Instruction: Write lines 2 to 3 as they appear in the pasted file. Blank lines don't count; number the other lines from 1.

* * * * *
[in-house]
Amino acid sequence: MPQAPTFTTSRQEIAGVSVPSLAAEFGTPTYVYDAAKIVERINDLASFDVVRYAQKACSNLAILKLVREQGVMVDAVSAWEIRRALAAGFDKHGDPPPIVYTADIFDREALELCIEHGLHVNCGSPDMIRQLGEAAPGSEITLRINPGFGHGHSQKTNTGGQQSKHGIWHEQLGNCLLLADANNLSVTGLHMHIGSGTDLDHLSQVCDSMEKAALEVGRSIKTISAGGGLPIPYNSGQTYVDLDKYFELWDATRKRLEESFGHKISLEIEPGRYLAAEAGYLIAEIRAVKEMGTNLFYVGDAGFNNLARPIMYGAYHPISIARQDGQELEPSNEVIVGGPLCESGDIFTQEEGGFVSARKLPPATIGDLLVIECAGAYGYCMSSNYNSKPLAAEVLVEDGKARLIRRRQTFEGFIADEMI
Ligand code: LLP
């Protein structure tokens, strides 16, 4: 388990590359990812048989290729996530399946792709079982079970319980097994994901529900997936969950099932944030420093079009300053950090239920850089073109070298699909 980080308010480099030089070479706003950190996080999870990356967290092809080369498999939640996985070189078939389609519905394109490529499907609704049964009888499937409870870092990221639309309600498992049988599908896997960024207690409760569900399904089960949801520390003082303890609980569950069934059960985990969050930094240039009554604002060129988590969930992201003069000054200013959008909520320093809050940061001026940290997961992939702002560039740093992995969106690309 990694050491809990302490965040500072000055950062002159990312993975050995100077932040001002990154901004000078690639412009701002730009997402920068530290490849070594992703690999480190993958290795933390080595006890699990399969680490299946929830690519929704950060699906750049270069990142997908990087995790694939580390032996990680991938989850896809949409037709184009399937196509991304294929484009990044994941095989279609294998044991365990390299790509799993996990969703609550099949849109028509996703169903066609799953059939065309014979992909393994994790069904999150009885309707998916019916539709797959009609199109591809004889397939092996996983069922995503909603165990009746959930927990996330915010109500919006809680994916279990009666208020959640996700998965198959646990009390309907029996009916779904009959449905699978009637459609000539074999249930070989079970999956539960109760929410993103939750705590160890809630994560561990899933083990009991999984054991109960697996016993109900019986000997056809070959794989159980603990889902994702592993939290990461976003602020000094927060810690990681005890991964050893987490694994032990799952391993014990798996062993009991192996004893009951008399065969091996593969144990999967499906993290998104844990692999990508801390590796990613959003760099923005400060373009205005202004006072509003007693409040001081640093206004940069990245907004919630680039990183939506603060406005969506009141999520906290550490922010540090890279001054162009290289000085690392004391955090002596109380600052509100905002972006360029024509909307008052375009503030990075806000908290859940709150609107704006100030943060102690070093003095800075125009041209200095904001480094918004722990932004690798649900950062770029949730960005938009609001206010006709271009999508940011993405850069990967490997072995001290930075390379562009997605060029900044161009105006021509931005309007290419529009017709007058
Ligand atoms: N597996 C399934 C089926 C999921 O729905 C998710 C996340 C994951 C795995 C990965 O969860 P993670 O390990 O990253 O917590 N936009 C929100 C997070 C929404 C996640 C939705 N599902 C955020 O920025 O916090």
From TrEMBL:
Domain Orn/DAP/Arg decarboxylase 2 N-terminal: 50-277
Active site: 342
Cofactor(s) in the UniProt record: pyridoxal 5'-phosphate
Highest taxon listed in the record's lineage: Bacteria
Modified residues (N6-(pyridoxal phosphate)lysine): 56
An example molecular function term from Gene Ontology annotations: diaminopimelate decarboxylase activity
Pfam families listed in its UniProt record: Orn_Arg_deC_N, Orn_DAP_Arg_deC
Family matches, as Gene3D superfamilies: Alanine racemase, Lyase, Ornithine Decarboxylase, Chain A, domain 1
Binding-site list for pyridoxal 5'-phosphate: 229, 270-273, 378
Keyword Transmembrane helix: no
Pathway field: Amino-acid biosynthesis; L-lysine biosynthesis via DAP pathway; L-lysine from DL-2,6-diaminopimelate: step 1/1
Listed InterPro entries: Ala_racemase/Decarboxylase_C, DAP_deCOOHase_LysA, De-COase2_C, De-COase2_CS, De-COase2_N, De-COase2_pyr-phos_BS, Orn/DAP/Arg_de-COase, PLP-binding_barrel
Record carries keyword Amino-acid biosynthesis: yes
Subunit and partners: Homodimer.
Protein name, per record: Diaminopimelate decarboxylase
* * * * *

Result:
Amino acid sequence: MPQAPTFTTSRQEIAGVSVPSLAAEFGTPTYVYDAAKIVERINDLASFDVVRYAQKACSNLAILKLVREQGVMVDAVSAWEIRRALAAGFDKHGDPPPIVYTADIFDREALELCIEHGLHVNCGSPDMIRQLGEAAPGSEITLRINPGFGHGHSQKTNTGGQQSKHGIWHEQLGNCLLLADANNLSVTGLHMHIGSGTDLDHLSQVCDSMEKAALEVGRSIKTISAGGGLPIPYNSGQTYVDLDKYFELWDATRKRLEESFGHKISLEIEPGRYLAAEAGYLIAEIRAVKEMGTNLFYVGDAGFNNLARPIMYGAYHPISIARQDGQELEPSNEVIVGGPLCESGDIFTQEEGGFVSARKLPPATIGDLLVIECAGAYGYCMSSNYNSKPLAAEVLVEDGKARLIRRRQTFEGFIADEMI
Ligand code: LLP